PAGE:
Missteps Cost Lexmark

After failing to cut prices in line with its competitors and neglecting to emphasize the fast-growing color laser printer market fast enough, Lexmark International has cut in half its earnings estimate for the third quarter, which will likely affect the company's earnings for the fourth quarter.

Tuesday's disclosure by Lexmark chairman and CEO Paul Curlander sent the company's shares tumbling nearly 30 percent. Lexmark is now trading at less than half its 52-week high of $90 per share. The company will formally report earnings for the period on Oct. 25.

Curlander blamed an expected year-over-year 4 percent to 5 percent decline in revenue for the quarter on soft demand for Lexmark's products, notably for consumables, such as ink. Based on last year's third-quarter revenue of $1.27 billion, that will amount to a decline of approximately $60 million. But failing to cut pricing sooner in line with key rivals turned out to be a major factor as well, Curlander told analysts.

"We have not been proactive enough regarding recent market price moves," Curlander said. "During the quarter, we decided to improve our price position and more aggressively promote our color laser products."

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Lexmark's problems, however, can be traced back more than a year ago when it failed to respond to aggressive price cuts of network color laser printers by Hewlett-Packard and Dell, says Ian Hamilton, printer analyst at Current Analysis, a technology-assessment research firm.

"We were really surprised to see Lexmark had almost no competitive reaction to that situation," Hamilton says. "Many of its laser printers were still priced as if the Lexmark brand carried a pretty heavy premium. I think it's questionable how much of a premium they really do demand."

In the high-volume consumer and small-business segment, Lexmark is seeing less demand for its single-purpose inkjet printers, where it had previously performed well, as a result of higher demand for multifunction systems and photo printers, Hamilton says.

"We are really seeing that space going away," he says. "I don't think they were ready for that."

Lexmark's soft demand can be attributed to marketing issues, as well, Hamilton adds. With a large installed base of HP monochrome laser printers in the enterprise, Lexmark now has to give customers a compelling reason to change. The company will have an opportunity to do so shortly with the expected rollout of a new line of color laser printers.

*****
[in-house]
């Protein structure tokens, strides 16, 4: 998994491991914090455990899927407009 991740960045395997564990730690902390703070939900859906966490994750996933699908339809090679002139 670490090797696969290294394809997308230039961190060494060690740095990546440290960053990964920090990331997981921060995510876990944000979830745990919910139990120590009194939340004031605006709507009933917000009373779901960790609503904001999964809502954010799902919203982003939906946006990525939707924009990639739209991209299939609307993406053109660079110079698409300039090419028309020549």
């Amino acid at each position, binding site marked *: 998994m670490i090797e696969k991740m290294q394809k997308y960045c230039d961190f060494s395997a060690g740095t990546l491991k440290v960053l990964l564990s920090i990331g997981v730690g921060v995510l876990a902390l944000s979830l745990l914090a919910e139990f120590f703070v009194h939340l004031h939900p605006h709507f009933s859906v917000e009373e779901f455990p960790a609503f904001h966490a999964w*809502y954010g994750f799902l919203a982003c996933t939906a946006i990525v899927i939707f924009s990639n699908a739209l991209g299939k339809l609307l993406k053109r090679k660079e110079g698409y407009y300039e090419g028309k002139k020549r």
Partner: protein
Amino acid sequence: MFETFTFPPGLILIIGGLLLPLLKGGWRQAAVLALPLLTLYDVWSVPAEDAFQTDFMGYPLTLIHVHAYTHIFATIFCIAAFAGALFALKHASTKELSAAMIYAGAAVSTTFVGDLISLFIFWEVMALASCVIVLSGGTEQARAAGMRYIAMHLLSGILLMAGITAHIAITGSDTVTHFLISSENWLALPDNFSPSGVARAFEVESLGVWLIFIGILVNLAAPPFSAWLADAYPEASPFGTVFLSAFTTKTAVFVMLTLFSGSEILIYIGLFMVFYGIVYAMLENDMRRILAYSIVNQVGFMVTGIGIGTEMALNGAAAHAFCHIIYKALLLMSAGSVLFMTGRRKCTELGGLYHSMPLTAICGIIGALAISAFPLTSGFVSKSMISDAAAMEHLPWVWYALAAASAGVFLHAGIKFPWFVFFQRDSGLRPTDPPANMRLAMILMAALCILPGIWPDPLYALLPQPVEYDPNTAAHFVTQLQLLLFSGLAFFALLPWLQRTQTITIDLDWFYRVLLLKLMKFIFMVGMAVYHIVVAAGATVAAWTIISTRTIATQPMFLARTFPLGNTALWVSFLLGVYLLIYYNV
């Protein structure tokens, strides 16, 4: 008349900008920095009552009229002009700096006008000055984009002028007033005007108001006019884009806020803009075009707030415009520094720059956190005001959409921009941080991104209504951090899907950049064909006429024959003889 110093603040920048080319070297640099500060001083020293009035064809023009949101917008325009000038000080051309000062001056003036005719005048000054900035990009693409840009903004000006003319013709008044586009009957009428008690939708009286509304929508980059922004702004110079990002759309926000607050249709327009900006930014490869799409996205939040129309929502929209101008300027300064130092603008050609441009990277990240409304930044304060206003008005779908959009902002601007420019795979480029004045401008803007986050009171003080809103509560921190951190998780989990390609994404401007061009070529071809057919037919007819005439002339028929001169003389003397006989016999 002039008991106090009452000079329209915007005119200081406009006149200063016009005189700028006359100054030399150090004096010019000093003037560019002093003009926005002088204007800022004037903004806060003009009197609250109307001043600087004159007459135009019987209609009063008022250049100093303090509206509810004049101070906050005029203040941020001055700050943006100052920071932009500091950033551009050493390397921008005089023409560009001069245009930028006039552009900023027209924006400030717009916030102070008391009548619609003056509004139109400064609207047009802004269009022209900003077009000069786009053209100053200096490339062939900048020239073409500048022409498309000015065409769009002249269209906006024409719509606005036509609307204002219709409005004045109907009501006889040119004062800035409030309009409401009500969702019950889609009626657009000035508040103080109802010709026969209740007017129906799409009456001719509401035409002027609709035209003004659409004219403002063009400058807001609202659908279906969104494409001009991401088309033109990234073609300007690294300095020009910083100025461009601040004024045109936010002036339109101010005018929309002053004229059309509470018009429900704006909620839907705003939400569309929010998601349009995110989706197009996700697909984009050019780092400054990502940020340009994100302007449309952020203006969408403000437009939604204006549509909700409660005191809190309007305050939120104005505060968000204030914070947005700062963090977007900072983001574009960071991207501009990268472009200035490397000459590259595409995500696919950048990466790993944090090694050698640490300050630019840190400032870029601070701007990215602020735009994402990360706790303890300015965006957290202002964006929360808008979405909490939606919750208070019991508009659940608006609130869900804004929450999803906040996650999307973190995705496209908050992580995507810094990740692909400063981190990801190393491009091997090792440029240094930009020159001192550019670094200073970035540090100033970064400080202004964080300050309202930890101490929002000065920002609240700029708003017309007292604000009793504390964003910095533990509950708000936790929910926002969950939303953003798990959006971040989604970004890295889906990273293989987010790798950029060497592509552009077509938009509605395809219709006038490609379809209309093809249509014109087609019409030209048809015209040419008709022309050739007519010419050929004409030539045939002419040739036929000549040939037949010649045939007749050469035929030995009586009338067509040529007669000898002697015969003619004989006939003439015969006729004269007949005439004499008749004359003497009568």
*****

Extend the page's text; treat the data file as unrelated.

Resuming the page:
Hamilton says Lexmark should focus less on the low-end of the market and more on the high-end.

"I believe they will be able to turn it around; they need to focus on what they do best," he says.

What Lexmark does best is in the enterprise, he says.

"They really need to make sure that they get that correct and that they get out there and make sure they are able to sell services attached to their printers," Hamilton says, "as well as ensure they get the consumables revenue from any hardware that they are able to sell."

Toward that end, Lexmark needs to do a better job at gaining the loyalty of channel partners. According to the 2005 VARBusiness Annual Report Card, Lexmark scored dead last in the Color Network Laser Printer category, behind HP, Xerox and Oki Data, despite the fact that partners say Lexmark offers the highest potential revenue and profit potential.

Much of the problem traces back to a lack of end-user demand for Lexmark products, says Jalil Mahini, CEO of Micronet Systems, a Niles, Ill.-based custom systems builder that resells Lexmark and other vendors' printers.

"I don't think Lexmark is responding fast enough," Mahini says. "HP, Brother and others are coming out with newer products faster, and with more favorable price points. When people compare features and prices, they are finding they can get more bang for the buck from vendors other than Lexmark."

For its part, Lexmark said channel partners should see an improvement based on moves earlier this year. While declining to comment on the earnings shortfall (citing a quiet period before formally reporting), Lexmark officials pointed to the company's new Expert Series and Certified Solution Provider programs.

Yet Lexmark officials acknowledged they need to get better partner mindshare.

"We want to be the easiest to lead with from a partner perspective and the most profitable," said John Linton, vice president of Lexmark's solution provider channel. "As we start telling the story, I think you're going to see dramatic improvement."